Concern Grows Over Plan to Drill for Oil Near Florida Keys
By Michael Deibert
(Please read the original article here)
This article was first published in slightly different form in collaboration with Panos Caribbean.
The news that the Spanish oil giant, Repsol, intends to begin exploratory drilling in the waters directly north of Cuba, has set off a chorus of criticism in Cuba's neighbor to the north: the United States.
Repsol, which has a presence in more than 35 countries, has announced that an immense, semi-submersible oil rig constructed by the Italian company Saipem, is currently speeding its way from Singapore to the Florida Straits between Key West and Cuba, with a goal of beginning exploratory drilling sometime in December.
With analysts believing that Cuba's coastal waters may contain up to 20 billion barrels of oil, Repsol -- which also drilled offshore in Cuba in 2004 -- is set to partner with Norway's Statoil and India's ONGC in the drilling of a pair of wells as per an agreement with the Cuban government.
Perhaps unsurprisingly, with memories throughout the region still fresh with images of the April 2010 explosion of BP's Deepwater Horizon oil rig in the Gulf Of Mexico, there has been an outcry at Repsol's plans.
The Deepwater Horizon incident killed 11 workers and loosed a gusher of oil that leaked an estimated 53,000 barrels a day into the Gulf for three months, fouling beaches in Florida, Alabama, Mississippi, Louisiana, and killing fish and wildlife.
Following a 17-month investigation, a report last month on the disaster issued by the the Bureau of Ocean Energy Management, Regulation and Enforcement leveled withering criticism at well owner and operator BP, rig owner Transocean Ltd. and cementing operator Halliburton Co.
"From the Deepwater Horizon incident, we have seen clearly that deepwater offshore drilling is inherently risky," says Dr. Susan D. Shaw, director of the Maine-based Marine Environmental Research Institute. "Even in U.S. waters with the resources, infrastructure and equipment that we have, we watched a massive failure on many counts."
In a rare moment of bipartisanship in the rancorous U.S. political landscape, a Sept. 28 letter to Repsol by 34 members of the U.S. Congress -- including the Cuban-born Republican chairwoman of the House Foreign Affairs Committee Ileana Ros-Lehtinen and Florida Democrat Debbie Wasserman Schultz -- wrote that the "oil drilling scheme endangers the environment, and enriches the Cuban tyranny" and urged the company to "walk away from the project."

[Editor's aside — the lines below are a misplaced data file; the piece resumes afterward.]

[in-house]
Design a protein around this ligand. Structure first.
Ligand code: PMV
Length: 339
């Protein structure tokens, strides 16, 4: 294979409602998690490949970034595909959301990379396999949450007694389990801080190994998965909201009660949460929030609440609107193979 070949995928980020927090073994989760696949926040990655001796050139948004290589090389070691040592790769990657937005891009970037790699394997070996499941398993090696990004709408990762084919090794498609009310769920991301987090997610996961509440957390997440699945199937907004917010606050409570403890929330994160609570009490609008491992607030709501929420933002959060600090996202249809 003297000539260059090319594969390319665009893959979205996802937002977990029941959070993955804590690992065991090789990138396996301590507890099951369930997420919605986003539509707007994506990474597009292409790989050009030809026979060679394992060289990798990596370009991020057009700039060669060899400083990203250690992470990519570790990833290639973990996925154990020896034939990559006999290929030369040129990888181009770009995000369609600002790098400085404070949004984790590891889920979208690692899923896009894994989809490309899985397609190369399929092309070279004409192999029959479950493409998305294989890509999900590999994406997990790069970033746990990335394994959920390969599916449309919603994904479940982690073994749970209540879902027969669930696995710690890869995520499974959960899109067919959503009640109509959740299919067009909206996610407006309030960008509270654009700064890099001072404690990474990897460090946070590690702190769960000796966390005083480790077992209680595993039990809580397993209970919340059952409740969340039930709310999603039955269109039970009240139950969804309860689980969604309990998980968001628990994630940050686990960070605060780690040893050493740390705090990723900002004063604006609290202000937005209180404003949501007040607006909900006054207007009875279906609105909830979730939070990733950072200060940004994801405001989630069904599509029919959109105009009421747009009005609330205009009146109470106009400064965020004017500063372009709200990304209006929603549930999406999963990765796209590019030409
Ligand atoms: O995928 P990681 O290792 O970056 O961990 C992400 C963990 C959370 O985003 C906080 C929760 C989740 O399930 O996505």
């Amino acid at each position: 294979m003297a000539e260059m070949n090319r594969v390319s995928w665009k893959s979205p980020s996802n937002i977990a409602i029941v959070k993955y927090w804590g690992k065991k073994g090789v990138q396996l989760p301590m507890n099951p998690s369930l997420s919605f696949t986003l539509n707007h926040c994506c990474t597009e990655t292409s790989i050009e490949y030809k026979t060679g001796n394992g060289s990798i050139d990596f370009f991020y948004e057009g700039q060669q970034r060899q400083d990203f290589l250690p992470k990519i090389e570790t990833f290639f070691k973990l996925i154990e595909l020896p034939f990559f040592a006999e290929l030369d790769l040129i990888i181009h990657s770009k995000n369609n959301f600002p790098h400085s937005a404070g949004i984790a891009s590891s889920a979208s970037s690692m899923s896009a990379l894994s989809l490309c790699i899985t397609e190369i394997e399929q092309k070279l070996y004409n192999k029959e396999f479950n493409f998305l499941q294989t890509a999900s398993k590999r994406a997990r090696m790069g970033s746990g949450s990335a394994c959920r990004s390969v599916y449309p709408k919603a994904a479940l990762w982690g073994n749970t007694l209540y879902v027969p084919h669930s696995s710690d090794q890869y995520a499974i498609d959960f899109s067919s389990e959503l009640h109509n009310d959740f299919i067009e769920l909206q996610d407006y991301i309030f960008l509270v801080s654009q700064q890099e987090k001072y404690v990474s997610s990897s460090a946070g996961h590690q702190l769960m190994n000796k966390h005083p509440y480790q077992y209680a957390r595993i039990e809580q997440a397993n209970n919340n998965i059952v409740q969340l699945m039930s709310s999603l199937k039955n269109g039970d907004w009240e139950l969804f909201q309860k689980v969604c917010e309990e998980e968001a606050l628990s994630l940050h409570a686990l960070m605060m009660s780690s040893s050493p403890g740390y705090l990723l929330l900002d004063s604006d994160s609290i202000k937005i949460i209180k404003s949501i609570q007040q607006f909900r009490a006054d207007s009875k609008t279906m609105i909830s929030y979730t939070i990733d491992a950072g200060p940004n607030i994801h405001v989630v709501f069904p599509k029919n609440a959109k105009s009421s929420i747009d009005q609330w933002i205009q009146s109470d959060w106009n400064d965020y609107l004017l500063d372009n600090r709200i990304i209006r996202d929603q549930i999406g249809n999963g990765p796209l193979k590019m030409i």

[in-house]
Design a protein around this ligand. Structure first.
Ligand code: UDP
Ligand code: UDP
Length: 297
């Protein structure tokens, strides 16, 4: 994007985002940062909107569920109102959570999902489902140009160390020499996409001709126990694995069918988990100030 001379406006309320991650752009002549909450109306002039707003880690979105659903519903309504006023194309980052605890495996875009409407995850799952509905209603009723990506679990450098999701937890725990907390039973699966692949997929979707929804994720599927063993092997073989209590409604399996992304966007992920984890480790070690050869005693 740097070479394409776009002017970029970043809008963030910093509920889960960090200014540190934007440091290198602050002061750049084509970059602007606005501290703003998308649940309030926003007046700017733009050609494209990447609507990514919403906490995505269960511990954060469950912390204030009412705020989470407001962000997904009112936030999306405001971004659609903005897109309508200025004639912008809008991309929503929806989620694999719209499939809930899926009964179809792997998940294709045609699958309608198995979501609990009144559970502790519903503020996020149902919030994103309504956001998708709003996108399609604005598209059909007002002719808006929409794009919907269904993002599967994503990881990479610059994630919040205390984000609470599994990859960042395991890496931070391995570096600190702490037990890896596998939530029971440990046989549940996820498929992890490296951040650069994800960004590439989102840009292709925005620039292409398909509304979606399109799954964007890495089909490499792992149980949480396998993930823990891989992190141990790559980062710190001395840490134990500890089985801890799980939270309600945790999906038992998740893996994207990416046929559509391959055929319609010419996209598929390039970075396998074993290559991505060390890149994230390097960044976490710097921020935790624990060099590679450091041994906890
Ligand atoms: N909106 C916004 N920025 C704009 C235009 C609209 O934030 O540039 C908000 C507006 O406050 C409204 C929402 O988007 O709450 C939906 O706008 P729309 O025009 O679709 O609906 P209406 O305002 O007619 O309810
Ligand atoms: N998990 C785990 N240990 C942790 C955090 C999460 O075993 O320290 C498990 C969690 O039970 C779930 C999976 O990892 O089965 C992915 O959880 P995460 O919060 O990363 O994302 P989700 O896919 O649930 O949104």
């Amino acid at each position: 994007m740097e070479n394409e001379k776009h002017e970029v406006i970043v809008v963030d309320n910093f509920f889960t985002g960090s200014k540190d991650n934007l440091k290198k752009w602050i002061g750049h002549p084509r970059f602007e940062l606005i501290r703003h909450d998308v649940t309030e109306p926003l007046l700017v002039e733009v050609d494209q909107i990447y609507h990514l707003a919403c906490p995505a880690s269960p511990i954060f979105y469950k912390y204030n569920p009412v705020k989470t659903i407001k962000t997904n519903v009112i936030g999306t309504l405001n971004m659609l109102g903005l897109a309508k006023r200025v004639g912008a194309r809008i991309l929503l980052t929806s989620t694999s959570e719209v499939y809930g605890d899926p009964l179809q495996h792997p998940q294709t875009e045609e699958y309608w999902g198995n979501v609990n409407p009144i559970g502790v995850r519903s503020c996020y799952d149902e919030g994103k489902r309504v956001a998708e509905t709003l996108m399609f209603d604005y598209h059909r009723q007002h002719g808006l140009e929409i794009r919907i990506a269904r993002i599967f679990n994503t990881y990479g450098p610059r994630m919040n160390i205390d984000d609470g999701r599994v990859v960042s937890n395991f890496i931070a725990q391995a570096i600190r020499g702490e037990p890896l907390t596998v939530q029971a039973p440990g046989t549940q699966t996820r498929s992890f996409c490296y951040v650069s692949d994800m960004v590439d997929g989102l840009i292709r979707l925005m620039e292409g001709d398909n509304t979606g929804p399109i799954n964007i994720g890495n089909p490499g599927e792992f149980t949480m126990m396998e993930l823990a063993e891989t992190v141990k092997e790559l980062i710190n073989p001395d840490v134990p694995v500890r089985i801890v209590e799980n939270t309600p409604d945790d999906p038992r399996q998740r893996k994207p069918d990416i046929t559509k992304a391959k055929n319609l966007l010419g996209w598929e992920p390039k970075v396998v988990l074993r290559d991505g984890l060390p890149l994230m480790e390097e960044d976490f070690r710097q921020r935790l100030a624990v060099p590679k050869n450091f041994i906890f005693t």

The U.S. maintains a trade embargo with Cuba, and Cuban-Americans make up a powerful voting bloc in the state of Florida, which counts for 27 electoral votes in the U.S.'s electoral college system.
Political considerations aside, however, it is the patch of sea where Repsol proposes to work that has caused the most concern.
The location of the proposed drilling is only 65 miles from the Marquesas Keys, an uninhabited group of islands near Key West, in an area of strong 4-6 mile per hour currents that come from the Gulf of Mexico, shoot through the Florida Straits and then churn northwards up the Atlantic Coast of the continental U.S.
A wide swath of protected areas could be threatened, including the Florida Keys National Marine Sanctuary -- which spans some 2,800-square-nautical-miles and includes important repositories of coral reefs, seagrass and 1,600 miles of mangrove shoreline -- and Biscayne National Park, an area that contains the beginning of the third-largest coral reef in the world and mangrove areas along its shore. The million-plus acre Everglades National Park -- a subtropical wilderness that has famously been described as a "river of grass" -- is also nearby.
"It's such an ecologically rich area that any oil in the marine environment could seriously impact the entire ecosystem," asserts Daniel O. Suman, professor of marine affairs and policy at the University of Miami's Rosenstiel School of Marine and Atmospheric Science.
Repsol's safety record could best be described as mixed.
In February 2008, a spill by the company let free an estimated 100 barrels of crude near the 2.4 million-acre Yasuni National Park in Ecuador. The park, home to populations of jaguars, harpy eagles and other fauna, is also the ancestral home of the Huaorani people, the region's native inhabitants. This was followed by another spill in Ecuador in February 2009. In December 2010, a Repsol petrol platform in Nigeria's Ebro Delta region spilled 180,000 litres of crude into the ocean off that country's coast.
On its website, Repsol -- which did not respond to requests for comment -- states that the drilling equipment to be used "complies with all the technical requirements and all the limitations established by the US administration for drilling operations in Cuba."
Residents of the Florida Keys -- one of the more beguiling corners of the United States with its vistas of blue-green ocean water and endless sky -- remain apprehensive.
"We're very concerned," says Key West mayor Craig Cates. "And because of the embargo (with Cuba) we can't even send any equipment over if anything starts leaking. We just have to wait until it gets into our waters. "
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